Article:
Health After 50
Advantages and Disadvantages of Psychotherapy
Most people think of psychotherapy simply as counseling. In fact, the term "psychotherapy" is used to describe a variety of talk therapies that treat emotional, behavioral, personality and psychiatric disorders.
Psychotherapy involves a commitment to a series of appointments with a licensed mental health professional, enabling a relationship to form between the therapist and the individual. This relationship focuses on helping the person to cope with or avoid factors contributing to his or her condition, with the overall goals being personal development and self-understanding. Like any medical treatment, psychotherapy has advantages and disadvantages.
Advantages of psychotherapy. A major advantage of psychotherapy over treatment with medication is that psychotherapy has few physiological side effects -- an especially important consideration for older adults who are often taking more than one type of medication. In addition, psychotherapy offers the possibility of effective treatment for those who have not responded to medications.
Disadvantages of psychotherapy. A disadvantage is that psychotherapy typically takes longer than drug therapy to produce benefits that are noticeable to the person receiving treatment -- six to eight weeks or longer for psychotherapy, compared with four to six weeks for medication. Also, psychotherapy alone is not effective in people with severe depression or bipolar disorder.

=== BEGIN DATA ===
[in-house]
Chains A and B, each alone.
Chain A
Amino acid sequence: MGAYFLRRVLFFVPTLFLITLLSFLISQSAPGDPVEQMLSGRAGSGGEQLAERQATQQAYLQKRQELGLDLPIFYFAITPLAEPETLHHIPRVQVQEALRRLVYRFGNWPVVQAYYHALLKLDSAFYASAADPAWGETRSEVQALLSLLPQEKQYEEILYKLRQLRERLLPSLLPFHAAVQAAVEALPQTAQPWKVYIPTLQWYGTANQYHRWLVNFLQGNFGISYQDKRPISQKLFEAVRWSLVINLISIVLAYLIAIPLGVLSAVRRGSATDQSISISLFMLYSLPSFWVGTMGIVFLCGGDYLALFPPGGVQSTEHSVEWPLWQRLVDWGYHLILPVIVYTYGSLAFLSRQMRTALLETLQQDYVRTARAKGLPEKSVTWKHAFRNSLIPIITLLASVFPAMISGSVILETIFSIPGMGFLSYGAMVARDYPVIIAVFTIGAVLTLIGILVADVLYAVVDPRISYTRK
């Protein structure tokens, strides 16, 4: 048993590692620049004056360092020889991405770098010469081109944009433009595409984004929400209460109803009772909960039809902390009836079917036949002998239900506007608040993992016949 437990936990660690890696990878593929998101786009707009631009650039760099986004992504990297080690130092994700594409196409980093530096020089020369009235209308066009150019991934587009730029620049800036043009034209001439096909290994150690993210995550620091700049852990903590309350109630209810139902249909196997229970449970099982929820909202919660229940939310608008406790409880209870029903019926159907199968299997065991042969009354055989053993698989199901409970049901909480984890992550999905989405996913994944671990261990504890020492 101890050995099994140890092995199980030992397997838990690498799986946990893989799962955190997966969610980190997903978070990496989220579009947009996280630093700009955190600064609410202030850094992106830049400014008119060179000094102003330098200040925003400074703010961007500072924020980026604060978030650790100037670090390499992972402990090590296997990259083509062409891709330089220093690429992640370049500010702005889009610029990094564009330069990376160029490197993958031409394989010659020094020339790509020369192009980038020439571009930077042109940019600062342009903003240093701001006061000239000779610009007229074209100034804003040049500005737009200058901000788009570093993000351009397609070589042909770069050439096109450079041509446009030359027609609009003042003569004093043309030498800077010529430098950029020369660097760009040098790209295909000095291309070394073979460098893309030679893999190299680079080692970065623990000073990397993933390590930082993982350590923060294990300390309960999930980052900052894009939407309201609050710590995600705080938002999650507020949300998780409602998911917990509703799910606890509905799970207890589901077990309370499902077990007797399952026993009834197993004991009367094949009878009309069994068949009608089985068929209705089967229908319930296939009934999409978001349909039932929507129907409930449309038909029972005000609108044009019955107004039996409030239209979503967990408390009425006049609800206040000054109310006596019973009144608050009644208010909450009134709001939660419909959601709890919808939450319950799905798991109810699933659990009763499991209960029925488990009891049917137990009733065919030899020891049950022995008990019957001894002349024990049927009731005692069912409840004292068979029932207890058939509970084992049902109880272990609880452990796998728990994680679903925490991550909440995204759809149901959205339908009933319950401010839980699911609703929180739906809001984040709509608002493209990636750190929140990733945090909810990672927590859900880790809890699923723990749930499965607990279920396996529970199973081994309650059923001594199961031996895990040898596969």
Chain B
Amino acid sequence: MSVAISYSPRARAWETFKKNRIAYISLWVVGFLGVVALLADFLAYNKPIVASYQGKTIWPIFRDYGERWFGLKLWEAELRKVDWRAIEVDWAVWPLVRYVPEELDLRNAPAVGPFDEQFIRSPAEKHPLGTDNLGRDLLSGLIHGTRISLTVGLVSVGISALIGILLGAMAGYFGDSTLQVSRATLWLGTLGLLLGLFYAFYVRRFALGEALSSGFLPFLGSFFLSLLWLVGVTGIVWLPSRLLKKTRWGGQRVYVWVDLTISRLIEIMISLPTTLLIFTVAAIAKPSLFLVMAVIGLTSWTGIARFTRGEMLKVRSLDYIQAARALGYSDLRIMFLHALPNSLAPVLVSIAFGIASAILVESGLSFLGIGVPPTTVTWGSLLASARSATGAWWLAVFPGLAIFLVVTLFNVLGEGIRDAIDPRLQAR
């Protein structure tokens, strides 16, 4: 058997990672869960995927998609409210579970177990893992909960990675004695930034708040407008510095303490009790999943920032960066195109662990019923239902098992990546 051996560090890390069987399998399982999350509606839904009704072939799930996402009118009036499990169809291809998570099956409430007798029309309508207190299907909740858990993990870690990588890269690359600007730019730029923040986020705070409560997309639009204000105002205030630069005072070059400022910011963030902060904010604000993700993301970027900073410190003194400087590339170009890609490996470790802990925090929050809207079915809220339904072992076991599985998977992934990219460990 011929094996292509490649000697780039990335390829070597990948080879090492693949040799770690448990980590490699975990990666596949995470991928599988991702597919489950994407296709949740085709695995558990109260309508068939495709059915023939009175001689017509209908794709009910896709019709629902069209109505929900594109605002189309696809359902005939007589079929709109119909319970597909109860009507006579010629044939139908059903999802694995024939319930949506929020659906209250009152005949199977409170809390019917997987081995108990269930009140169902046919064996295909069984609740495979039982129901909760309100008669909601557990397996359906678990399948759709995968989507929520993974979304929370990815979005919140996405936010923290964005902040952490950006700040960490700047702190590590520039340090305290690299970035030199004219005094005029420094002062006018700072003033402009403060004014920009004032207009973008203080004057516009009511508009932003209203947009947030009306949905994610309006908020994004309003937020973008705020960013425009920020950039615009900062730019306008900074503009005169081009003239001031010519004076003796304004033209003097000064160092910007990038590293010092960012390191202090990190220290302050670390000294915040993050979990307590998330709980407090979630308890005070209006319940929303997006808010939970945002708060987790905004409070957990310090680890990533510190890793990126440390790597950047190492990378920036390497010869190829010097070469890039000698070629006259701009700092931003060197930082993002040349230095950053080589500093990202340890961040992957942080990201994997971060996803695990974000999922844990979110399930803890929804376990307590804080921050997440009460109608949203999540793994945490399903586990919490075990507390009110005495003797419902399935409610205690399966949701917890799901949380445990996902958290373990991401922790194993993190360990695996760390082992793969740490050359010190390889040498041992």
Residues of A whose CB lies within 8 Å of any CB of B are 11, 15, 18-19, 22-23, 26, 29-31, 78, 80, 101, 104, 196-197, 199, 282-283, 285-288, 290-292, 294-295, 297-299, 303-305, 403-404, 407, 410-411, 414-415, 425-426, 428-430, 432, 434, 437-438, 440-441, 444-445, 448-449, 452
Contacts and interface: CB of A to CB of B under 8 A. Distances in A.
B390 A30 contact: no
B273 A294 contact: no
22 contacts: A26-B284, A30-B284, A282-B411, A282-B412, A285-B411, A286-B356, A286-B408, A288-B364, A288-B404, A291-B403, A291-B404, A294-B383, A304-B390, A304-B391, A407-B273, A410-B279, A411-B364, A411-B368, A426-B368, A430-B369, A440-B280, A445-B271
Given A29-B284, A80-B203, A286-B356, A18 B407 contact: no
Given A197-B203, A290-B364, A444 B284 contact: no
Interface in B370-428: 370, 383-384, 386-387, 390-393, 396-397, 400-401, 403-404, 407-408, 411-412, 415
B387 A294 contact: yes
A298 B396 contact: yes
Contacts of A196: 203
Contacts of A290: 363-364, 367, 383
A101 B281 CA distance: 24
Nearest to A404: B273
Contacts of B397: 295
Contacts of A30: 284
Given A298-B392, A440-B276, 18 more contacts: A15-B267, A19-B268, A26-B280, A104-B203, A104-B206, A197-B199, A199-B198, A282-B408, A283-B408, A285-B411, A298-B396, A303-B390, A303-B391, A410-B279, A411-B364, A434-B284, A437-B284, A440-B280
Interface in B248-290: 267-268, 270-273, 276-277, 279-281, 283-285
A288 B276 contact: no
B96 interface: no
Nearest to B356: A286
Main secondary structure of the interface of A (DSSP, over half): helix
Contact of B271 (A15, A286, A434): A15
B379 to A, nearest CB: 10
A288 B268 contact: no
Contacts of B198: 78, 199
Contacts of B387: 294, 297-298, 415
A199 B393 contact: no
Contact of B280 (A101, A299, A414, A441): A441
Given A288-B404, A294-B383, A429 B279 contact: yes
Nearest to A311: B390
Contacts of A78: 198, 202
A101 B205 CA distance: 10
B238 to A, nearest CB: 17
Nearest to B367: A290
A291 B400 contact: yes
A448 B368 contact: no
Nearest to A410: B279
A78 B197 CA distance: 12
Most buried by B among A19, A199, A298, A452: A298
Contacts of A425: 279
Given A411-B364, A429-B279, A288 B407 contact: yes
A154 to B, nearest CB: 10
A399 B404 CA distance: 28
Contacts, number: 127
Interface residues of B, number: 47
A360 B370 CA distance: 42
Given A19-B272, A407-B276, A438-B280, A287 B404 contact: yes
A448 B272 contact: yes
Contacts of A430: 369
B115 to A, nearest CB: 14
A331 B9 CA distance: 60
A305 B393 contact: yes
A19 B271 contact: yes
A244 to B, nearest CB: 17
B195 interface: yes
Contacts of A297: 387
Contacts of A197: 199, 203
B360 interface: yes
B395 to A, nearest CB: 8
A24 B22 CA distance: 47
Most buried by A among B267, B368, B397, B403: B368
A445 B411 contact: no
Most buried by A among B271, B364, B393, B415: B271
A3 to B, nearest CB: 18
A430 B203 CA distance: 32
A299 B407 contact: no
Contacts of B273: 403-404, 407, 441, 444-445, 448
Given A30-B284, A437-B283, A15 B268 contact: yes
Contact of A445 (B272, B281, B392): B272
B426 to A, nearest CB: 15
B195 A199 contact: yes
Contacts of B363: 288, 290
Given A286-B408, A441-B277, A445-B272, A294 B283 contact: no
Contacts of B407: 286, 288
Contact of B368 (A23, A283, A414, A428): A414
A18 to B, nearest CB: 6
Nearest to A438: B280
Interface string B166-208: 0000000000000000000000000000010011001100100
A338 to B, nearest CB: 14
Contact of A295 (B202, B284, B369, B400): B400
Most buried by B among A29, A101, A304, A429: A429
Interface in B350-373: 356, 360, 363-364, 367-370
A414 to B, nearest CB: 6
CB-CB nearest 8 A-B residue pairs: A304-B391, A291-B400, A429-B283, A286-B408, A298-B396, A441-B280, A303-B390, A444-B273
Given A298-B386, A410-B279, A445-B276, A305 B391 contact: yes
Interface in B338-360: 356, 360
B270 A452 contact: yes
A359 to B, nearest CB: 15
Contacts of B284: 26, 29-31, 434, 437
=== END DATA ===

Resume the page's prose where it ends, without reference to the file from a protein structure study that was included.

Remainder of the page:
Depending on the severity of the depression and other factors specific to each individual, a therapist selects a combination of techniques from the range of psychotherapeutic approaches. Regardless of the particular approach, the essential foundation of all psychotherapy is the establishment of a trusting relationship with the therapist. This allows the patient to share confidences, life experiences and problems. If psychotherapy alone leads to no improvement by six weeks, or if a person has only a partial or weak response by 12 weeks, medication should be strongly considered.
Posted in Depression and Anxiety on April 19, 2011
Medical Disclaimer: This information is not intended to substitute for the advice of a physician. Click here for additional information: Health After 50 Disclaimer
Would you like us to inform you when we post new Depression and Anxiety Health Alerts?
Health After 50 Alerts registered users may post comments and share experiences here at their own discretion. We regret that questions on individual health concerns to the editors cannot be answered in this space.
The views expressed here do not constitute medical advice, and do not represent the position of Scientific American Health After 50 or Remedy Health Media, LLC, which has no responsibility for any comments posted on this site.
Post a Comment
Already a subscriber?
New to Health After 50?